Categories: Building a Custom Home, Custom Home Design Ideas, WhiteStone | Posted: December 3, 2017
The work of building a price and schedule for your custom home is a project in itself.
There’s a reason that quality project estimates don’t happen overnight. Every home is a collection of thousands of individual components that range from large-scale assemblies like walls and roofs to small items like doorknobs and faucets. The builder has to consider every one of these elements when projecting what it will cost in time and materials to complete the home.
How long this takes varies by project type. For instance, a production builder that builds the same plan over and over will be able to generate estimates on the spot in its design center. That’s because even though the company offers some options to buyers, it’s really mass-producing a cookie-cutter product.
Custom homes are different because each one is unique. An estimate for a simple custom home can easily require 40 hours of staff time, and even more if it’s a complex architectural design. The logistics of getting the estimate could mean those hours will likely be spread out over several weeks. Many times our customers will ask us to price changes on one of our many standard custom plans. When we get that request, we can turn the pricing around typically in one week.
The builder needs to calculate the time and expense for everything from having the plans reviewed by permitting agencies to framing the shell and installing the roof, mechanicals, interior finishes and landscaping. Assembling all these numbers is a massive project that requires experience, knowledge and organizational skills. And, of course, time.
In addition, the builder needs to ensure that the products being priced for the home are the ones the customers want and that the budget will support. In many cases, this means investing time to complete the plans and clarify the product specifications, or specs.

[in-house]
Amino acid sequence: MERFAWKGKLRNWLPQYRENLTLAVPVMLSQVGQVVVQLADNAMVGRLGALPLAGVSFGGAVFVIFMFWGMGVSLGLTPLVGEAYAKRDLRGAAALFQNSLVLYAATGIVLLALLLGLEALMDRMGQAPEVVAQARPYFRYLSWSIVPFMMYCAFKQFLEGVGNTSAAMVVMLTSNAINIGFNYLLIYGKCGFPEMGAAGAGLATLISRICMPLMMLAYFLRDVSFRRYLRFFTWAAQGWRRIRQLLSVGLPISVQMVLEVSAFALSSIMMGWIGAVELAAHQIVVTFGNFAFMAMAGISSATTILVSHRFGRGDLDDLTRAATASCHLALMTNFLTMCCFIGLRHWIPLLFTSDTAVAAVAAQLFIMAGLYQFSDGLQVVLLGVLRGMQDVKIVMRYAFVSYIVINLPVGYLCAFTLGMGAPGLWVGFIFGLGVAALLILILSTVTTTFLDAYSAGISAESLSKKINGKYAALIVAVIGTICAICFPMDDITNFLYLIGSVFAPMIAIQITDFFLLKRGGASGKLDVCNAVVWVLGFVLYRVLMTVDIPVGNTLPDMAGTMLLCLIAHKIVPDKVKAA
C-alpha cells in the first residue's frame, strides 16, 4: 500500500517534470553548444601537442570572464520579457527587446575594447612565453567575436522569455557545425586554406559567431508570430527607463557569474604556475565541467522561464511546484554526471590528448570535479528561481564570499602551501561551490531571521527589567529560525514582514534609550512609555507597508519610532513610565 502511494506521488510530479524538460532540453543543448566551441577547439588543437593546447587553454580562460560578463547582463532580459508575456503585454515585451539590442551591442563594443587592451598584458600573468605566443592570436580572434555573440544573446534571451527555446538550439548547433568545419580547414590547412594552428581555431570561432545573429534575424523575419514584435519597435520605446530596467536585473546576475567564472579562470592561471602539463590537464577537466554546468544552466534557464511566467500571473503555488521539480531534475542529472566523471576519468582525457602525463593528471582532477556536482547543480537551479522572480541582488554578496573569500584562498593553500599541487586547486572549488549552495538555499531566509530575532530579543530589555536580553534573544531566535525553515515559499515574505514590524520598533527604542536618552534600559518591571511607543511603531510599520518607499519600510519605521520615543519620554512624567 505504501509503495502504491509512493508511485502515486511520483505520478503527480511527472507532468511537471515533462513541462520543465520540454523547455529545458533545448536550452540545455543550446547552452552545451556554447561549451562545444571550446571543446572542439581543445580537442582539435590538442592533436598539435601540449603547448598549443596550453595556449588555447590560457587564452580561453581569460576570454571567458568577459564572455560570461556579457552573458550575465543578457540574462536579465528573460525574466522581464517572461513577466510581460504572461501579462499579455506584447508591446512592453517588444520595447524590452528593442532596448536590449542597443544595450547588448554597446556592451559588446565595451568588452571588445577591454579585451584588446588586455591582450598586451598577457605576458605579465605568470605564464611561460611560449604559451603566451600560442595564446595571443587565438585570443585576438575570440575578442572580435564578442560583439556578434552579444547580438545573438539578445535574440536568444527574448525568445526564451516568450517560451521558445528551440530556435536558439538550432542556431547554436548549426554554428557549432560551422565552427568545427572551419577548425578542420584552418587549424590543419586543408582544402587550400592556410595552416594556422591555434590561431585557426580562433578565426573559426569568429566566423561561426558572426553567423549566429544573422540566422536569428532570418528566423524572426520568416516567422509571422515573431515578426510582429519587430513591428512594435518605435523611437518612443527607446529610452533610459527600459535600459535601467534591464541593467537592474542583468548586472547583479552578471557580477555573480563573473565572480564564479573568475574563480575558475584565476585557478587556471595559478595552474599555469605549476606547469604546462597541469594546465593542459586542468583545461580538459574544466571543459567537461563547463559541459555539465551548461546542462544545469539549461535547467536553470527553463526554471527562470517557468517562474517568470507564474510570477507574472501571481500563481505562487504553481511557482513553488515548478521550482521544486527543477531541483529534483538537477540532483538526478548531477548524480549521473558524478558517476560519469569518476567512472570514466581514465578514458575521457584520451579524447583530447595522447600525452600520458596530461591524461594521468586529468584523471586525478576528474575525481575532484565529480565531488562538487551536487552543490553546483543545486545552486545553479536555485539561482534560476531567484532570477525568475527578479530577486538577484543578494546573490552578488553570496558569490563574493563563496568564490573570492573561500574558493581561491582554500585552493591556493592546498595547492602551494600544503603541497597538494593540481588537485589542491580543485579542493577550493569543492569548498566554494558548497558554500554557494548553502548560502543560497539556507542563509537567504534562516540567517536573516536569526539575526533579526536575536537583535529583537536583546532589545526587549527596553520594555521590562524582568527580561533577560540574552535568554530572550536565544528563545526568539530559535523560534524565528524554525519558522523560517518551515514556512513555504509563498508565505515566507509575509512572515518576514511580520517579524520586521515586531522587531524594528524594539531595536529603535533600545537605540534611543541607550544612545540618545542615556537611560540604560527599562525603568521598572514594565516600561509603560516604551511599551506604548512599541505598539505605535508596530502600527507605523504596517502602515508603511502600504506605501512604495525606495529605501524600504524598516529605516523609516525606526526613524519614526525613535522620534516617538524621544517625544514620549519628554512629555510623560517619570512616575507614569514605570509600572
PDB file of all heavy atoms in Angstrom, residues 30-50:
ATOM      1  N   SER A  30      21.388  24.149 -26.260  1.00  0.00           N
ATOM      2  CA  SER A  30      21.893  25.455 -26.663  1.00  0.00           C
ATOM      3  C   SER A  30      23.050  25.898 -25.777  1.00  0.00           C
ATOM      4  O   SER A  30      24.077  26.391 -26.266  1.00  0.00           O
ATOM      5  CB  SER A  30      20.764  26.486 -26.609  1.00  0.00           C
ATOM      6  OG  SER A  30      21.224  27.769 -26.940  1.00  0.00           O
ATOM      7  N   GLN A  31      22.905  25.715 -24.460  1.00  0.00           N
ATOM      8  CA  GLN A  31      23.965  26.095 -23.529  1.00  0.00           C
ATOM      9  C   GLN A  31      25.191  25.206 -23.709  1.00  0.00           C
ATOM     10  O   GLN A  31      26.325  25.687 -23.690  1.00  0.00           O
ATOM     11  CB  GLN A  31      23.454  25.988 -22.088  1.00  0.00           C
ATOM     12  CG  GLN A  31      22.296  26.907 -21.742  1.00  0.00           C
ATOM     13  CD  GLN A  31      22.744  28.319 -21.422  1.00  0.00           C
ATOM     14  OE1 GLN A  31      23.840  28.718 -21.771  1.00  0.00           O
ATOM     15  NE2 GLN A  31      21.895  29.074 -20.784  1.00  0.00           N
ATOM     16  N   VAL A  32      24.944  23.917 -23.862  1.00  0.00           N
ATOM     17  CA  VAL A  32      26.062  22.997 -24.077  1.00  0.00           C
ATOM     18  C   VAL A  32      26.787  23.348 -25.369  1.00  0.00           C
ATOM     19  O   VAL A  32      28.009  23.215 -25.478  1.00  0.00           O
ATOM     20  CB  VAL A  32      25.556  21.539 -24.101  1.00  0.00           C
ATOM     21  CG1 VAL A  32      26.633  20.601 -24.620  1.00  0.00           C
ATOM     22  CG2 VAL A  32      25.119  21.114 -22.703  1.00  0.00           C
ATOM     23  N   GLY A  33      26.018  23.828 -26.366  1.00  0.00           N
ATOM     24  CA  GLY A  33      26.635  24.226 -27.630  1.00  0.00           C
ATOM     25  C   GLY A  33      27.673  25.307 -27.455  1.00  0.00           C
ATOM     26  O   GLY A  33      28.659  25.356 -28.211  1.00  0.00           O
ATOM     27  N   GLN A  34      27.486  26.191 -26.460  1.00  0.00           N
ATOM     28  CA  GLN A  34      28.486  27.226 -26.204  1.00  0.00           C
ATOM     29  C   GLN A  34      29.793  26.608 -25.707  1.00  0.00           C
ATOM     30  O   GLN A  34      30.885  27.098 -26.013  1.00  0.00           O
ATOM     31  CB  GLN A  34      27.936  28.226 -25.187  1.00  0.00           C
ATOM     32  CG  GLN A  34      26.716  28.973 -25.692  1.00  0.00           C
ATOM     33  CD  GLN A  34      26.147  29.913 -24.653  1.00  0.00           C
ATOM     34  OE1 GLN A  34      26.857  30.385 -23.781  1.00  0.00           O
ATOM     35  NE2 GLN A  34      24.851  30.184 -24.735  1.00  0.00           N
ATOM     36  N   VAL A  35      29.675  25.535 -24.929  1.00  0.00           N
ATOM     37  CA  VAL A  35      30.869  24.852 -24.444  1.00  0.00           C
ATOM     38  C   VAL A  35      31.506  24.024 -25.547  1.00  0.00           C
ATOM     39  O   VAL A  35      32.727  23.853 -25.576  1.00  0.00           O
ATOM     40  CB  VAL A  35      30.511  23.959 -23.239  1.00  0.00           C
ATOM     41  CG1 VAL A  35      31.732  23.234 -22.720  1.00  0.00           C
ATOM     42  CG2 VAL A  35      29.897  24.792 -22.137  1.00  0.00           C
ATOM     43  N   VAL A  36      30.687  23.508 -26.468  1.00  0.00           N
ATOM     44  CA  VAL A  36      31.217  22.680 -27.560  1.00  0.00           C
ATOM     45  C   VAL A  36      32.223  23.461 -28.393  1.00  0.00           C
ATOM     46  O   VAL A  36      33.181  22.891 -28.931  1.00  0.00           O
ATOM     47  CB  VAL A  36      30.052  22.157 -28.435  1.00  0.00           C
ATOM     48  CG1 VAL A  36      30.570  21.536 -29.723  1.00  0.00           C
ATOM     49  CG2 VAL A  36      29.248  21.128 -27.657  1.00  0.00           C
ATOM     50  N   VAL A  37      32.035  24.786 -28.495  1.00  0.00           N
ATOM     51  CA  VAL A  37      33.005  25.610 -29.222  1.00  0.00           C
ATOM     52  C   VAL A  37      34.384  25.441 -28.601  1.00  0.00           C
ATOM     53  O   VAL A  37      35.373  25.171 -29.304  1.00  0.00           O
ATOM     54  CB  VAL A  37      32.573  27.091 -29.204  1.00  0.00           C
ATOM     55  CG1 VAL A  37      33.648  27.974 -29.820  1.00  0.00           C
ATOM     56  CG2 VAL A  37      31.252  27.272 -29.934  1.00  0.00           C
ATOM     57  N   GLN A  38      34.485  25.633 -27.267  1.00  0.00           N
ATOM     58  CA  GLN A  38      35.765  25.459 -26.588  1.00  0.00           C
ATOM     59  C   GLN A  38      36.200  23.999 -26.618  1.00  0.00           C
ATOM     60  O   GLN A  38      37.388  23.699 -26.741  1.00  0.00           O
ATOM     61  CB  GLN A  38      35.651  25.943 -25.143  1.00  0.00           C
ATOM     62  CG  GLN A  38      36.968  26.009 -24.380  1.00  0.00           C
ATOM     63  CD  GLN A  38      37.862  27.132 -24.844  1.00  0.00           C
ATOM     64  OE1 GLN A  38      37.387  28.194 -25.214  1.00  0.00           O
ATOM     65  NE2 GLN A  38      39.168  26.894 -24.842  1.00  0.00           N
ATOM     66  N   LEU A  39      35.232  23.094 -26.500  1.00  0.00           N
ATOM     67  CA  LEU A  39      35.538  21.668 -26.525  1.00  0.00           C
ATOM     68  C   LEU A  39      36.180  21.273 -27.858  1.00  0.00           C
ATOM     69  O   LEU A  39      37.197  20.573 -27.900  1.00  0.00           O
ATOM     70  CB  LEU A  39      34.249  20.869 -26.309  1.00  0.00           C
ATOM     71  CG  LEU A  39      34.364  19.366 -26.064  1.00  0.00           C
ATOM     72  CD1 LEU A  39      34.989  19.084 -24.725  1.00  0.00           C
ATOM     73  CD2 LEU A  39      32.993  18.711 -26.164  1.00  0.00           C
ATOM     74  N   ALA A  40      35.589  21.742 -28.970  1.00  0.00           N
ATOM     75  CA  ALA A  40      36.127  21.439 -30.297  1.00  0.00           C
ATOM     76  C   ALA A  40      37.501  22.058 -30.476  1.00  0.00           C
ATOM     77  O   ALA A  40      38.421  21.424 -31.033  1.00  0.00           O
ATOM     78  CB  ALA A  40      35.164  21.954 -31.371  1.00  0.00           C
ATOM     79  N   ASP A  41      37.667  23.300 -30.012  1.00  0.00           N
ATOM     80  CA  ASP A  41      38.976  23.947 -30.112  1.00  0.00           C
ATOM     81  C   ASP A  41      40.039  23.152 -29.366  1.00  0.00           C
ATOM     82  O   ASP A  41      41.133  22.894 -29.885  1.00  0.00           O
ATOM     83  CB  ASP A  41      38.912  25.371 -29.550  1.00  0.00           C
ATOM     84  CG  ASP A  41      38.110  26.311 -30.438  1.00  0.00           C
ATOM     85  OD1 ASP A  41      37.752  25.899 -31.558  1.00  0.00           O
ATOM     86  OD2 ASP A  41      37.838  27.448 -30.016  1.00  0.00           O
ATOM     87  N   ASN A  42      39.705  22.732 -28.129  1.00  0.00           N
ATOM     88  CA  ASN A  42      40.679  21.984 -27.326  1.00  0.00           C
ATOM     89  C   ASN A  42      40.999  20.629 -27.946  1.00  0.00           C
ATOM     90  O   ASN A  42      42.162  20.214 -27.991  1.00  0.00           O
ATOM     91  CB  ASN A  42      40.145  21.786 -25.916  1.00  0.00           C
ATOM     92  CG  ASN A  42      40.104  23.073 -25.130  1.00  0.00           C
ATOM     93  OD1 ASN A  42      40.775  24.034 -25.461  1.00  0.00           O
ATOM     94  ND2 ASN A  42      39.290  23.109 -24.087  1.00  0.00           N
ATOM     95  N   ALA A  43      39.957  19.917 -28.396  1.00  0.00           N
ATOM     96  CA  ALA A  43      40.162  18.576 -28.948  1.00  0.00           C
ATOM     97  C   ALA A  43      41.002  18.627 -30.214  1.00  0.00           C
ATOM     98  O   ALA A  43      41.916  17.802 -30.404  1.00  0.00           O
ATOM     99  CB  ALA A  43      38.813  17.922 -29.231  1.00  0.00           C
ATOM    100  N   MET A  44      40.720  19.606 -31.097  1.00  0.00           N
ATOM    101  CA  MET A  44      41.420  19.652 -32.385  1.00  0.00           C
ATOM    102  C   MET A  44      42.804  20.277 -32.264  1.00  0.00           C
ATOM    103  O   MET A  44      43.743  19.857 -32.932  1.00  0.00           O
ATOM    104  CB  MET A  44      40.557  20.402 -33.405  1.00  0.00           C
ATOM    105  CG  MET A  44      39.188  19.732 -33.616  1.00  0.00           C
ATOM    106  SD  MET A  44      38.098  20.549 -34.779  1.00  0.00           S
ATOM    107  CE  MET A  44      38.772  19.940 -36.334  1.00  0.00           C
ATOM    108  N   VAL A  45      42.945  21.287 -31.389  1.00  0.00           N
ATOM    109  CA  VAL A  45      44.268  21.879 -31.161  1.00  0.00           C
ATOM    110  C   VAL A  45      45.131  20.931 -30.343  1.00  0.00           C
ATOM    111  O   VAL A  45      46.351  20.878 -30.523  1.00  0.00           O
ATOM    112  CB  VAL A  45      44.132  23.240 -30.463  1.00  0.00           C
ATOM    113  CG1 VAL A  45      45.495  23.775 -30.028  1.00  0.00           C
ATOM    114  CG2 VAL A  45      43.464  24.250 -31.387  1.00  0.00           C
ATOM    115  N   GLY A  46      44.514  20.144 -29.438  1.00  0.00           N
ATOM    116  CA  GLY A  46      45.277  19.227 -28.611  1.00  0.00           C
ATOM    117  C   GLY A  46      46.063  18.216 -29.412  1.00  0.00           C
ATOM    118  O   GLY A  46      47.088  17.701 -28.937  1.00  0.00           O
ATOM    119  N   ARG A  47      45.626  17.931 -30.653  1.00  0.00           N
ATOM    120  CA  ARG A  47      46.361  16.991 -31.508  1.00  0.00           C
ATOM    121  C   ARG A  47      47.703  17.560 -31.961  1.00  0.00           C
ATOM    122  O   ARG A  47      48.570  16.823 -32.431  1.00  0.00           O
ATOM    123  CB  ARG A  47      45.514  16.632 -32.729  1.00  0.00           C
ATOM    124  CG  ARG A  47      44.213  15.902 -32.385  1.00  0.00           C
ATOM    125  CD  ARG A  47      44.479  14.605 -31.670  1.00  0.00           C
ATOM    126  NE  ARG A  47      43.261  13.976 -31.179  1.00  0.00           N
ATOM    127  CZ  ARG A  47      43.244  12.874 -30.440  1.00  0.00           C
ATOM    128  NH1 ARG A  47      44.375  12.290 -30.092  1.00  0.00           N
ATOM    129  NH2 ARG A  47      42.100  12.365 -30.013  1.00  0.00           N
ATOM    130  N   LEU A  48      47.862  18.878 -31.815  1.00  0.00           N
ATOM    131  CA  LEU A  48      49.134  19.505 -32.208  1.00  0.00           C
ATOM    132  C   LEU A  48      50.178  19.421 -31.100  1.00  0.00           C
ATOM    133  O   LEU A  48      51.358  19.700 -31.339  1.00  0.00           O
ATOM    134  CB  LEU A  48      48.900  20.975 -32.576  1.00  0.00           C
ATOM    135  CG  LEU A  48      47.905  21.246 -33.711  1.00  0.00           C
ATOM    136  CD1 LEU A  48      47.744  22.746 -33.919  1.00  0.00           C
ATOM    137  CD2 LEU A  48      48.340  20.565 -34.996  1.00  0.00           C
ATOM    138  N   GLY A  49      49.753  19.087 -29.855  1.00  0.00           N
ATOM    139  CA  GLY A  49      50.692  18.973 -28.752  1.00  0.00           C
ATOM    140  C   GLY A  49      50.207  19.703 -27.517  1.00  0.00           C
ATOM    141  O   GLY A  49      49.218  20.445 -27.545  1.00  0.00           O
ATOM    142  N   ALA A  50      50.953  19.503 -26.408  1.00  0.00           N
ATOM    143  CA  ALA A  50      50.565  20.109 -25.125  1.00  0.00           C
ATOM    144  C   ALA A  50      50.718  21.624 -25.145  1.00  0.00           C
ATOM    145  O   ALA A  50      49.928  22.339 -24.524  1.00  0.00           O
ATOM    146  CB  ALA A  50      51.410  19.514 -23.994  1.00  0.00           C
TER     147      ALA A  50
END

People come to the table with dramatically different assumptions about costs, so the builder needs to clarify these assumptions. For instance, the home’s overall quality level may indicate that it’s safe to base your price on standard features which are more than generous, until a discussion reveals that the homeowners are imagining something more expensive. This clarifying work may need to be done for every line item in the estimate.
The builder also needs to solicit prices from each trade subcontractor that will work on the home, from the excavator to the plumber and painter. This can be the most time-consuming part of the estimate. If getting the subcontractors’ bids in house weren’t enough of a challenge, those bids also need to be put under a microscope.
That’s because the builder needs to make sure that subcontractors’ estimates are realistic. For instance, if a drywall bid seems low, the builder has to know enough to ask the drywall contractor how many sheets the estimate was based on, and someone on the builder’s staff needs to check those calculations. When asking for bids from 30 trade subcontractors, it’s not unheard-of for one or two to submit inaccurate bids because they were busy and needed to get their estimate to the builder on deadline. That’s why bids must be carefully reviewed. In the end, if they have messed up their bid, they resolve this by simply not doing the job. You may say this is unfair, and it is. However, there is such a demand for trade people in this community, they will not care and will simply go elsewhere.
All this work is about getting the estimate right. Taking the time to do a thorough and accurate job today will save time, expense and headaches tomorrow. It’s an area where patience pays real dividends.
Having said all this, WhiteStone Homes can still turn around your custom pricing literally faster than any other builder in this market. Just know the level of work that is put into each one of the prices.